Minority Report has arrived: Maryland and Pennsylvania using computers to predict future crimes
Parole officers use software to decide level of supervision for ex-inmates
Uses algorithm devised by American criminology professor Richard Berk
By Harriet Arkell
11 January 2013
When police in Minority Report predicted who would commit crimes and stopped them before they did it, it was considered so futuristic, the film was set in 2054.
Now, however, law enforcers in two American states are using crime-prediction software to predict which freed prisoners are most likely to commit murder, and supervising them accordingly.
Instead of relying on parole officers to decide how much supervision inmates will need on the outside by looking at their records, the new system uses a computer algorithm to decide for them.
The Minority Report-style software is already being used in Baltimore and Philadelphia to predict future murderers, and will be extended to Washington D.C. soon.
It has been developed by Professor Richard Berk, a criminologist at the University of Pennsylvania, who believes it will reduce the murder rate and those of other crimes.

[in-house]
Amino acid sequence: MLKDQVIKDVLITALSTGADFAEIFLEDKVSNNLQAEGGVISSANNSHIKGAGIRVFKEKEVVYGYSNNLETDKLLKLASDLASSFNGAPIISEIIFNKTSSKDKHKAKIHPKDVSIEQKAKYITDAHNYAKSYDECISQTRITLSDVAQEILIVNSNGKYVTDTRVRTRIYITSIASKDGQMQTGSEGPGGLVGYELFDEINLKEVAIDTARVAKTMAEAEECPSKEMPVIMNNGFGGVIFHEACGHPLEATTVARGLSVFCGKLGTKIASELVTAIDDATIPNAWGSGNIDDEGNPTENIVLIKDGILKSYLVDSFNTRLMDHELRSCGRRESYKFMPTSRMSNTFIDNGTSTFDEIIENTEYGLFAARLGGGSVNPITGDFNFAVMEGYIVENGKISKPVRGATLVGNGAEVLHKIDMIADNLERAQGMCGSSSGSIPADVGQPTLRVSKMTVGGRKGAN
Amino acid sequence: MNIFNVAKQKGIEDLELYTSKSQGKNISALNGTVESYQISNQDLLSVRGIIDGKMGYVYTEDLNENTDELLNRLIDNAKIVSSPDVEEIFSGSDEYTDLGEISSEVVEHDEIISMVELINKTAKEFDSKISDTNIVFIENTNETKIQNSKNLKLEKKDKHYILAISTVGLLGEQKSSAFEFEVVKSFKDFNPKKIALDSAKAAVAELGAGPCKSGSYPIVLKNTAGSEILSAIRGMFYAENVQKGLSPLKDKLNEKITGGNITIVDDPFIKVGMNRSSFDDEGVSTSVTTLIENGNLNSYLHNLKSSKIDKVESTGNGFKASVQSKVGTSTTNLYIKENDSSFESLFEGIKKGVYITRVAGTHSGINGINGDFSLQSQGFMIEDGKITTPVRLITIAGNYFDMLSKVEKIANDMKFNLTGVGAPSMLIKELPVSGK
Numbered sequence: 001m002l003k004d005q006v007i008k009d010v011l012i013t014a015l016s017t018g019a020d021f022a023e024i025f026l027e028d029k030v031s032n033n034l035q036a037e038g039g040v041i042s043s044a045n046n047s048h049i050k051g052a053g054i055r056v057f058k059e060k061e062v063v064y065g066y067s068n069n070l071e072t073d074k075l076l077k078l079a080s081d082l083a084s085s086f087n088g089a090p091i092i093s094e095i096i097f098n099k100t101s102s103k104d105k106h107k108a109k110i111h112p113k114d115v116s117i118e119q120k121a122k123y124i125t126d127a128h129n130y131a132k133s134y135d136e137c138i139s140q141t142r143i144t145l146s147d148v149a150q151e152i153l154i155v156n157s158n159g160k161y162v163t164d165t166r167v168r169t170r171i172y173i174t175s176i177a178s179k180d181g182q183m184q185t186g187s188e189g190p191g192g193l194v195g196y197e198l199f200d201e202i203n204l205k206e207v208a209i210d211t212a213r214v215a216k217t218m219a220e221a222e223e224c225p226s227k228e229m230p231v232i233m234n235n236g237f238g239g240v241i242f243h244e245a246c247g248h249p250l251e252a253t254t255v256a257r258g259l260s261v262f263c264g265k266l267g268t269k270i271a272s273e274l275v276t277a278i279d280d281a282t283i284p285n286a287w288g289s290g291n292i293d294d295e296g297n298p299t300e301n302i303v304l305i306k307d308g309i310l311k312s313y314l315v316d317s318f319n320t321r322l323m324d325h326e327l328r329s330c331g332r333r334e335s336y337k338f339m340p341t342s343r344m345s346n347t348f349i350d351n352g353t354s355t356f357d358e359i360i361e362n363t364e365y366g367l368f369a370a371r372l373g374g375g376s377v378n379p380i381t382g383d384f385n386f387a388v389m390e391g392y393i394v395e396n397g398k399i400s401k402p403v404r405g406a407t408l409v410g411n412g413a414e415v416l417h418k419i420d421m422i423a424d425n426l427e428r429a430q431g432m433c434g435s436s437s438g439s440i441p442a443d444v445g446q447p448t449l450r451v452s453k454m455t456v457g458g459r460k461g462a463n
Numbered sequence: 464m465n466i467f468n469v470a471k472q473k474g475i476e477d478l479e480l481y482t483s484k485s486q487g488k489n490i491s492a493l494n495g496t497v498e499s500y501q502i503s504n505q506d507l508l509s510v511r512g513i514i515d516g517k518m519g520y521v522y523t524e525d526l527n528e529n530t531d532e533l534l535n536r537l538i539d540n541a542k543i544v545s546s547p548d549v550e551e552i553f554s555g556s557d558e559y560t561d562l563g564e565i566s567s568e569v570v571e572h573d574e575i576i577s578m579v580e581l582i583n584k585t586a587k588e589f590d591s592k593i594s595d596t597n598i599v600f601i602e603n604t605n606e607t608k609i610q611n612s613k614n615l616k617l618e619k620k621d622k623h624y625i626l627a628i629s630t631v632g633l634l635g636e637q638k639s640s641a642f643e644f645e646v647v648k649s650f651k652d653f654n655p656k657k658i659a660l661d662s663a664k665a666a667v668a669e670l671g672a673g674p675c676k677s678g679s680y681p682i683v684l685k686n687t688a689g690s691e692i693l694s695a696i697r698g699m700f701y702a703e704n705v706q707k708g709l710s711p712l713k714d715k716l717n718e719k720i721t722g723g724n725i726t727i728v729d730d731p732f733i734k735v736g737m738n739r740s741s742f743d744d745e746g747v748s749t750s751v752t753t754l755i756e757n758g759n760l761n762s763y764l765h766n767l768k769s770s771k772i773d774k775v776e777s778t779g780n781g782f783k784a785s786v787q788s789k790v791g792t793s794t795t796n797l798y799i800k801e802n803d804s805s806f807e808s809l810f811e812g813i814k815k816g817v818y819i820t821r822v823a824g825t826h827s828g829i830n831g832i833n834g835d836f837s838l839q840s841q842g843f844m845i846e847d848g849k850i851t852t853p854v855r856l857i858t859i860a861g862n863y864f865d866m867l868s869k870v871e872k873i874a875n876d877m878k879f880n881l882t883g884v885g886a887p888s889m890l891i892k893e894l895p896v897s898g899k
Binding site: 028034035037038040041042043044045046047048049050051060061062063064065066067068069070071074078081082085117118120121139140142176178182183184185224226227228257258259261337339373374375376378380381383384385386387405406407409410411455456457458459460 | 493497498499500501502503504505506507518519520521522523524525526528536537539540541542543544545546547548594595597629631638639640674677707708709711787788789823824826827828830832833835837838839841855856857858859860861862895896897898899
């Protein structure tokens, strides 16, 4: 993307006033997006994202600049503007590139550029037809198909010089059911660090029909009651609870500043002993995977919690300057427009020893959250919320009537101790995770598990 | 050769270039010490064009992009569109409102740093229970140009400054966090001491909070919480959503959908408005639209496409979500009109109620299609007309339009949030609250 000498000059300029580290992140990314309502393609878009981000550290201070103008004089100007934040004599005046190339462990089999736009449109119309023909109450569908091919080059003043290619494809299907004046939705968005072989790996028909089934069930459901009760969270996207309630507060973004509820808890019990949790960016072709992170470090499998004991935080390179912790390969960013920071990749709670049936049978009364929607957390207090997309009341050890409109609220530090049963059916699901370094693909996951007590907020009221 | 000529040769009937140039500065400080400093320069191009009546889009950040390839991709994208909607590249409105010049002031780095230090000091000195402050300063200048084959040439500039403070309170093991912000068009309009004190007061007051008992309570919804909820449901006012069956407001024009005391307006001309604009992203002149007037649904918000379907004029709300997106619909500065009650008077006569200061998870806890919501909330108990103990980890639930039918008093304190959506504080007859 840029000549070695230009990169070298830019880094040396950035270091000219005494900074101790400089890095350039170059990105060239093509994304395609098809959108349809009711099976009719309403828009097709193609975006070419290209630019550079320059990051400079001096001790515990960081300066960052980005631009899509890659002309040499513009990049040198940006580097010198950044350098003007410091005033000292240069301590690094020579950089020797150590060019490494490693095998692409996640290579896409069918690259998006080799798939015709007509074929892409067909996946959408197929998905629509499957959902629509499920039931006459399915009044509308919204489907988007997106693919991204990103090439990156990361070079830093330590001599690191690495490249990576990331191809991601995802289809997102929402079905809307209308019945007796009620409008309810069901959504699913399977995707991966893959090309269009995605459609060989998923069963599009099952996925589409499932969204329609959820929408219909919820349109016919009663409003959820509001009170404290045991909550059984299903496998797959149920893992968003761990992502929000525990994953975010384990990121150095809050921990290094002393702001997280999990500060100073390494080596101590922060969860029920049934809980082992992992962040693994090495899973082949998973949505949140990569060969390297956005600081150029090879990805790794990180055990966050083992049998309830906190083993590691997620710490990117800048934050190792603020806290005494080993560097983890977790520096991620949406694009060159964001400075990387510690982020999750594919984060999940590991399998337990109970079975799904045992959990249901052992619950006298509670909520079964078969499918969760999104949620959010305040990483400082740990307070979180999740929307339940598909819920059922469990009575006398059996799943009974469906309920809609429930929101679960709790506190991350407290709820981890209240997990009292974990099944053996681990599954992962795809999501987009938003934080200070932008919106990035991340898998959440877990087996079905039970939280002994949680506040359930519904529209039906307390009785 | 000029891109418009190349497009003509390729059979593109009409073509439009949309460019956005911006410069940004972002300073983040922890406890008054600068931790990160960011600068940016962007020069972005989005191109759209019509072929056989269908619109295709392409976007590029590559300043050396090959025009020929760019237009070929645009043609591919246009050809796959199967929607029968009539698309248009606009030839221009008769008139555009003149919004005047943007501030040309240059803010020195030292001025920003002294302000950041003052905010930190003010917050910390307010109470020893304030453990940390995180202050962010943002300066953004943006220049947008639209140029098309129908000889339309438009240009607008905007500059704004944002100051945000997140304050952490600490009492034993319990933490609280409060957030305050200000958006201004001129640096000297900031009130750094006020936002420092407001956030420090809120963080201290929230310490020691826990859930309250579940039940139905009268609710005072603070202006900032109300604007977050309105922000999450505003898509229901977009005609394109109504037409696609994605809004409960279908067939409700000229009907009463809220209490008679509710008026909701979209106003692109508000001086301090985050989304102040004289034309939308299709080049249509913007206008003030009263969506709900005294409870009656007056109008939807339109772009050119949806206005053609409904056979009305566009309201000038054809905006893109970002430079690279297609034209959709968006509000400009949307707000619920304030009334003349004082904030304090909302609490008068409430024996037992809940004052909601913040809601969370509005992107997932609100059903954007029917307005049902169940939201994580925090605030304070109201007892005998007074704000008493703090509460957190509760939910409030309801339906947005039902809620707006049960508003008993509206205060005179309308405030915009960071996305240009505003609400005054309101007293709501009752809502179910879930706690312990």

Prof. Berk says his algorithm could be used to help set bail amounts and also decide sentences in the future. It could also be modified to predict lesser crimes.
He told ABC News that currently parole officers are using their own judgment to decide what level of supervision each parolee should have, based on their criminal record.
His software, he said, replaces that ‘ad-hoc’ decision making, and should identify eight future murderers out of 100.
He said: ‘People assume that if someone murdered then they will murder in the future, but what really matters is what that person did as a young individual.
‘If they committed armed robbery at age 14, that’s a good predictor.
‘If they committed the same crime at age 30, that doesn’t predict very much.’
Prof. Berk’s researchers used the details of more than 60,000 crimes then wrote an algorithm to find the people behind the crimes who were more likely to commit murder when they were out of prison.